At least 12 people are dead and 24 people missing after floodwaters swept through Georgia’s capital, Tbilisi, the New York Times reports. An unknown number of animals—including lions, wolves, bears, and at least one hippo—have escaped from a zoo and are roaming the city’s ruined streets.

According to the Times, local television reports that a special police unit has been dispatched to the area around the zoo to hunt down the animals. Some have been killed, including six wolves found on the grounds of a children’s hospital, though it is not yet known how many.

“If an animal attacked people, it’s one thing,” zoo director Zurab Gurielidze told Russian news agency Interfax. “I know that no order was issued to kill animals. Some policemen exceeded their authority.” Officials said that the dead animals were too aggressive to be captured. An escaped hippopotamus was reportedly subdued with a tranquilizer.

Interfax reported that, so far, zoo workers have identified 20 wolves, eight lions, and several tigers and jaguars as missing. Only three of 17 penguins survived the flooding. Some parts of the zoo are still underwater.

The flooding came after heavy rains on Saturday turned what is “a usually burbling stream” in downtown Tbilisi “into a raging torrent,” the Times reports.

“It’s so surreal. Helicopters are circling overhead and they’ve warned people to stay indoors but not everyone’s doing that,” Paul Rimple, a journalist based in Tbilisi, told Al Jazeera. “People are walking around with their babies just a few blocks from where a wolf was shot in the south of the city. Apparently a jaguar was reported in the north.”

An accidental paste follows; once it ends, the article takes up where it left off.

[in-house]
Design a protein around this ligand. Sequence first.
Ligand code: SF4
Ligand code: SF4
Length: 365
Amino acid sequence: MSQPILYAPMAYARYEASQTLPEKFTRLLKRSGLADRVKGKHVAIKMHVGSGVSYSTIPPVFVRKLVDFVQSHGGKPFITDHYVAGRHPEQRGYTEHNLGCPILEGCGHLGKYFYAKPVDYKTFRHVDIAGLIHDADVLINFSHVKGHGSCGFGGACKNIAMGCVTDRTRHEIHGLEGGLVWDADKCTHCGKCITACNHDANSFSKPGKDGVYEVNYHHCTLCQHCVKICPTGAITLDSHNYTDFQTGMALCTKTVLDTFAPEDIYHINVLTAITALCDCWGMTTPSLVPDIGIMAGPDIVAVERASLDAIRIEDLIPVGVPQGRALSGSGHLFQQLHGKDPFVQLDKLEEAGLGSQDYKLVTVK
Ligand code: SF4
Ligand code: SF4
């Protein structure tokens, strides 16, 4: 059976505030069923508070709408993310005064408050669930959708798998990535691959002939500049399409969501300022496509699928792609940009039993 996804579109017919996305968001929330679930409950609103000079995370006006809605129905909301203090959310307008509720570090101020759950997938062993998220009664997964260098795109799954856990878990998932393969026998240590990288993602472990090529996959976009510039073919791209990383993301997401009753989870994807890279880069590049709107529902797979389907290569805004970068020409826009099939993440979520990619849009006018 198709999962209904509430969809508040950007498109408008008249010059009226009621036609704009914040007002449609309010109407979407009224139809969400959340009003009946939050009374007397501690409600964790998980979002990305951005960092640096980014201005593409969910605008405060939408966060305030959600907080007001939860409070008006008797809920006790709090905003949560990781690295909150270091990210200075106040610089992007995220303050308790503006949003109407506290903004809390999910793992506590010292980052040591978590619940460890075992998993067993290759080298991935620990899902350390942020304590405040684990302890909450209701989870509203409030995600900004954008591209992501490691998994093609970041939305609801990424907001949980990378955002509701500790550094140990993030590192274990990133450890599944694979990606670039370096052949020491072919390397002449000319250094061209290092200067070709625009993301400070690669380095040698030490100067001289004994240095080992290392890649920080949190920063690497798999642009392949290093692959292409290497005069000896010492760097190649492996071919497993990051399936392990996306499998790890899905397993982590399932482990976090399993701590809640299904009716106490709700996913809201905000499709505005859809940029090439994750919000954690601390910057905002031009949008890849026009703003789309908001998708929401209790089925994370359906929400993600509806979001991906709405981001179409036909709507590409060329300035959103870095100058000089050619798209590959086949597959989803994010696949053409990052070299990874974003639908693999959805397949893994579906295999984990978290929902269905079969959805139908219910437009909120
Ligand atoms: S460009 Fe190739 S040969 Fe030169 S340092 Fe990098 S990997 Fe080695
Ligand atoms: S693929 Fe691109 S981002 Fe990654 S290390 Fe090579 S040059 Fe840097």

“Until somebody gets mauled or killed, no one’s going to panic.”

The Associated Press reports that three zoo workers have been killed, but it is not known whether they—or the other people who have died after the river burst its banks—died in animal attacks or other flood-related accidents.

“When Communists came to us in this country, they ordered that all crosses and bells of the churches be melted down and the money used to build the zoo,” head of the Georgian Orthodox Church, Patriarch Ilia II, reportedly told a Sunday Mass.

“The sin will not go without punishment. I am very sorry that Georgians fell so that a zoo was built at the expense of destroyed churches.”

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